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"I'm an Engineer, and I'm not buying into 'Smart' Cities!
Sensor-equipped garbage cans sound cool, but someone still has to take out the trash."
So asserts Dr. Shoshanna Saxe, PEng (Ontario)Assistant Professor, Civil and Mineral Engineering, University of Toronto, Toronto, Canada.
Please consider stepping back from"Leading-Edge Technology" solutions and discuss Dr. Saxe's perspectives to, at least, the following examples from her article.
Q1. "We accept regular disruptions in internet and cellphone function as a fact of life. Technology ages rapidly, with glitches increasing common only a couple of years into its life. But would we accept the same rate of disruption in, say, our water and power services?"
Q2. "New technology in 2015 will be outdated before 2020. If we widely deploy smart tech in cities, we need to be prepared to replace it every few years, with the associated disruption and cost. But who will assume those costs?"
Q3. "Managing all the sensors and data will require a brand-new municipal bureaucracy staffed by tech, data-science and machine-learning experts. Cities will either need to raise the funds required to pay a tech staff or outsource much of their smart city to private companies. Since current average salaries for tech workers are typically higher than for public employees, such a bureaucracy is likely to be expensive. If the answer is to outsource that staffing to private companies, then cities need to have frank conversations about what that means for democratic governance."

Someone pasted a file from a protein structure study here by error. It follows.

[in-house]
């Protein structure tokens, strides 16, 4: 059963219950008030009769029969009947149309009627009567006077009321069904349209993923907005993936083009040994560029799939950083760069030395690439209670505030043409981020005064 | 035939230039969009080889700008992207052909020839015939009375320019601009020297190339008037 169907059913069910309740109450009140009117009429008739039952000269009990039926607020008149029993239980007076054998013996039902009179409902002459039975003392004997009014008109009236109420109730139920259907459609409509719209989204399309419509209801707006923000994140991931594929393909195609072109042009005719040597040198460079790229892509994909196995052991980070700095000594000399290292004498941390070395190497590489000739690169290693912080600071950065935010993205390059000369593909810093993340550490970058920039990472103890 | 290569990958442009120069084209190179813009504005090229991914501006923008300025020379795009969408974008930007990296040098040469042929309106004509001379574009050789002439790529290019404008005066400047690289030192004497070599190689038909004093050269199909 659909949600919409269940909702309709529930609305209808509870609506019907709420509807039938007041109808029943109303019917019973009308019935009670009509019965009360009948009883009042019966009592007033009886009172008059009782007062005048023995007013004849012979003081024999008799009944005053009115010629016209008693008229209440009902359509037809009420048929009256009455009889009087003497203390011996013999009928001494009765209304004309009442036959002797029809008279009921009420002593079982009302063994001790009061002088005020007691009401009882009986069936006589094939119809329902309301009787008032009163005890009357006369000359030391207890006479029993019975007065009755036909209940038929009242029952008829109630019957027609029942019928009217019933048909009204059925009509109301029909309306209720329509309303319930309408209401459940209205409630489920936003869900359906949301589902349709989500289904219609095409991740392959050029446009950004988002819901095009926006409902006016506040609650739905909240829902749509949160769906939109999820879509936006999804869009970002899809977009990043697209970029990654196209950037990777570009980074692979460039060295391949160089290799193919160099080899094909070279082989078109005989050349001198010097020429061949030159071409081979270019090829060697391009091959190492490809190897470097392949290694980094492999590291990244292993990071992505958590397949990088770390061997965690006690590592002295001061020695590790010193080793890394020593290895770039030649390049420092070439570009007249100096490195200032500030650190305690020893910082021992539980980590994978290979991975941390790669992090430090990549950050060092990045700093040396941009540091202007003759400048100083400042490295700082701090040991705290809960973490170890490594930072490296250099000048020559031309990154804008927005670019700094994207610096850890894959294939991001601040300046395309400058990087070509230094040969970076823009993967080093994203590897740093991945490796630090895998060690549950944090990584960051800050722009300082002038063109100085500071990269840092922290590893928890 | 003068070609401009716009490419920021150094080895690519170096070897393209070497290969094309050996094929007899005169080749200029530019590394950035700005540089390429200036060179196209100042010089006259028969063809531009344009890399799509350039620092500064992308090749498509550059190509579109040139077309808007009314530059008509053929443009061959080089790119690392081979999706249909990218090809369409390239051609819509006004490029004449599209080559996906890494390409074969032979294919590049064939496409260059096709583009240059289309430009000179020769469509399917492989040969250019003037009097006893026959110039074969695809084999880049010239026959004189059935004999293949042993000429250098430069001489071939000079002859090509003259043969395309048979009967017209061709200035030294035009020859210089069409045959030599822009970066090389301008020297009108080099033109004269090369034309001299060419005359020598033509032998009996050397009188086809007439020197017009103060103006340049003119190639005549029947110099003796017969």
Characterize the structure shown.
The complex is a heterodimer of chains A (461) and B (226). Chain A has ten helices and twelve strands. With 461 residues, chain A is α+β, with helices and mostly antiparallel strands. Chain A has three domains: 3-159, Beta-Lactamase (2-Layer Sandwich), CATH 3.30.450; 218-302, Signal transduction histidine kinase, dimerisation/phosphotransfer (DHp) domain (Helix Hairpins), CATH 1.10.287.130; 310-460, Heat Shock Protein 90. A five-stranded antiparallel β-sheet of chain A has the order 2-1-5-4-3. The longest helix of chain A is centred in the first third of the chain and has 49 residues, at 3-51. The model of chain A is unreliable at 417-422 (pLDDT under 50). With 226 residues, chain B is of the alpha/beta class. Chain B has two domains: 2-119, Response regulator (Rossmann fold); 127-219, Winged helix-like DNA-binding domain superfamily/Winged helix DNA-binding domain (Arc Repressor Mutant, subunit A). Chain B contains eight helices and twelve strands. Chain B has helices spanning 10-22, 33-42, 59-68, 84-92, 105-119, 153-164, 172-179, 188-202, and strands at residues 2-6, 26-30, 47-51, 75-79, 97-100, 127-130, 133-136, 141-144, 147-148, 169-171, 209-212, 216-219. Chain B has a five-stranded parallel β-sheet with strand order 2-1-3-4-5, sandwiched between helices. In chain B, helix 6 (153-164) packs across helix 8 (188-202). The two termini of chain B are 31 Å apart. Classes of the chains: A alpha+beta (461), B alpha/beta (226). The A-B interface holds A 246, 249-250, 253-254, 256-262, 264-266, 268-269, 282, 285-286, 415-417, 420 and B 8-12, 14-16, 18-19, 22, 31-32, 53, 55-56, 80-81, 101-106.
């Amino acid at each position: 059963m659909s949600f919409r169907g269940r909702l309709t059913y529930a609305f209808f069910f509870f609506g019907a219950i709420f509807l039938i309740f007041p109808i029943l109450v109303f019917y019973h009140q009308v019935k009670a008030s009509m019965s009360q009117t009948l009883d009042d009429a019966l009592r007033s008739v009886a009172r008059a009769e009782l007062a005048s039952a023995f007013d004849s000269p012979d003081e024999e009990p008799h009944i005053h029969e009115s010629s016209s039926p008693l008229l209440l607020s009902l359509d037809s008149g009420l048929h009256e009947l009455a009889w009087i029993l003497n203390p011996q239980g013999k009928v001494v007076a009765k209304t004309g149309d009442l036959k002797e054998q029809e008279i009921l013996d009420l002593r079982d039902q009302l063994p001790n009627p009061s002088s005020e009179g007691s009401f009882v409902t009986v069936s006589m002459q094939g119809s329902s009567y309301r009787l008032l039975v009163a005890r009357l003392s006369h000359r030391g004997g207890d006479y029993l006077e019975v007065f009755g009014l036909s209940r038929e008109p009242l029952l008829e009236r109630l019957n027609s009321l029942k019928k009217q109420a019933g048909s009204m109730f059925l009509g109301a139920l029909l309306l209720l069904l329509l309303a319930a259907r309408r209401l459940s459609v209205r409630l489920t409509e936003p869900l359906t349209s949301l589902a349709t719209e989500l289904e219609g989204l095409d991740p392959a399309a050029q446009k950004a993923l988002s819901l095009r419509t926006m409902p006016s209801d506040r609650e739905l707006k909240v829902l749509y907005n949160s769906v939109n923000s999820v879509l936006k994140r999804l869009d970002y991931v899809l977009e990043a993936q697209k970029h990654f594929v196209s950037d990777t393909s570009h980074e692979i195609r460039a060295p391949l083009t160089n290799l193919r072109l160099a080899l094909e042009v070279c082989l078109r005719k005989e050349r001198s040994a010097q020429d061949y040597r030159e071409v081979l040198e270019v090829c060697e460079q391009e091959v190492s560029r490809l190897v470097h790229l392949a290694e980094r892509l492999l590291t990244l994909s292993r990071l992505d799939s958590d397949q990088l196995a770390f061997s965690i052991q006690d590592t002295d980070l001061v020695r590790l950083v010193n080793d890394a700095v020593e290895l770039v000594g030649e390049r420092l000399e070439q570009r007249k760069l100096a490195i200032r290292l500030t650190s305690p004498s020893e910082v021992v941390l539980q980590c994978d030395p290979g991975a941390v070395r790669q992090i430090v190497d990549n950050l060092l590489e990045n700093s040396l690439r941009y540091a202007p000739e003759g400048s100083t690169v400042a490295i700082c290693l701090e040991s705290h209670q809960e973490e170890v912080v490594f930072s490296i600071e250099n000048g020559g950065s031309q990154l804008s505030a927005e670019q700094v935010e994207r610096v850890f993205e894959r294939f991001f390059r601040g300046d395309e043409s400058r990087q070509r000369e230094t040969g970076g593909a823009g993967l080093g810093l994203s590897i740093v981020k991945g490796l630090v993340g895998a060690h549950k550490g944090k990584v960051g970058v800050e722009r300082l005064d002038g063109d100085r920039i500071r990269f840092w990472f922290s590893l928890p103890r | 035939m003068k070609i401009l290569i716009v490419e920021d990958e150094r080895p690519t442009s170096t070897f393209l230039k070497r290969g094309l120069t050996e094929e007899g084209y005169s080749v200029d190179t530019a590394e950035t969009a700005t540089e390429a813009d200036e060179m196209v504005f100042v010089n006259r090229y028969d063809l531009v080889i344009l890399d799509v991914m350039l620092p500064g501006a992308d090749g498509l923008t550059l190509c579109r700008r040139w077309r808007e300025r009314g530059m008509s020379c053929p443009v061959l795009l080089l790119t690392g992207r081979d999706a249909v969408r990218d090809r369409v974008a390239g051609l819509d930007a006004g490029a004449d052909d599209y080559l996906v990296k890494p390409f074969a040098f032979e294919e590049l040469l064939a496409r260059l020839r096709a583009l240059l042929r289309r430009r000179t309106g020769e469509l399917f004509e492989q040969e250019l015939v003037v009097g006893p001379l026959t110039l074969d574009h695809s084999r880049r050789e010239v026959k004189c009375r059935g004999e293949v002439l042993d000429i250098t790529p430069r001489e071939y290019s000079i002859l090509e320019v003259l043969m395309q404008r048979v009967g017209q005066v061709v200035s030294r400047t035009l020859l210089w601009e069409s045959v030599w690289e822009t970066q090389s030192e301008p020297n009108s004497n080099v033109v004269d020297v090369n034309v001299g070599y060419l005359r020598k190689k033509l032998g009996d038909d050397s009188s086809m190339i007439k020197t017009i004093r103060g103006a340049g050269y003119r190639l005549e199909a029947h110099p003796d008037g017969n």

Q4. "The most critical question, however, is whether having a smart city will make us meaningfully better at solving urban problems. Data and algorithms alone don't actually add very much on their own. No matter how much data a city has, addressing urban challenges will still require stable long-term financing, good management and effective personnel. If smart data identifies a road that needs paving, it still needs people to show up with asphalt and a steamroller."
Q5. "Rather than chasing the newest shiny smart-city technology, we should redirect some of that energy toward building excellent dumb cities - cities planned and built with best-in-class, durable approaches to infrastructure and the public realm. For many of our challenges, we don't need new technologies or new ideas; we need the will, foresight and courage to use the best of the old ideas.
As we consider the city of the 21st century, we do well to remember that the things we love most about cities - parks, public spaces, neighborhood communities, education opportunities - are made and populated by people, not technology. Tech has a place in cities, but that place is not everywhere."
Source: https://www.nytimes.com/2019/07/16/opinion/smart-cities.html?nl=todaysheadlines&emc=edit_th_190717?campaign_id=2&instance_id=10896&segment_id=15275&user_id=c3eaadcf782adabd39a34eab0c5d264c®i_id=653809560717 downloaded 17JUL2019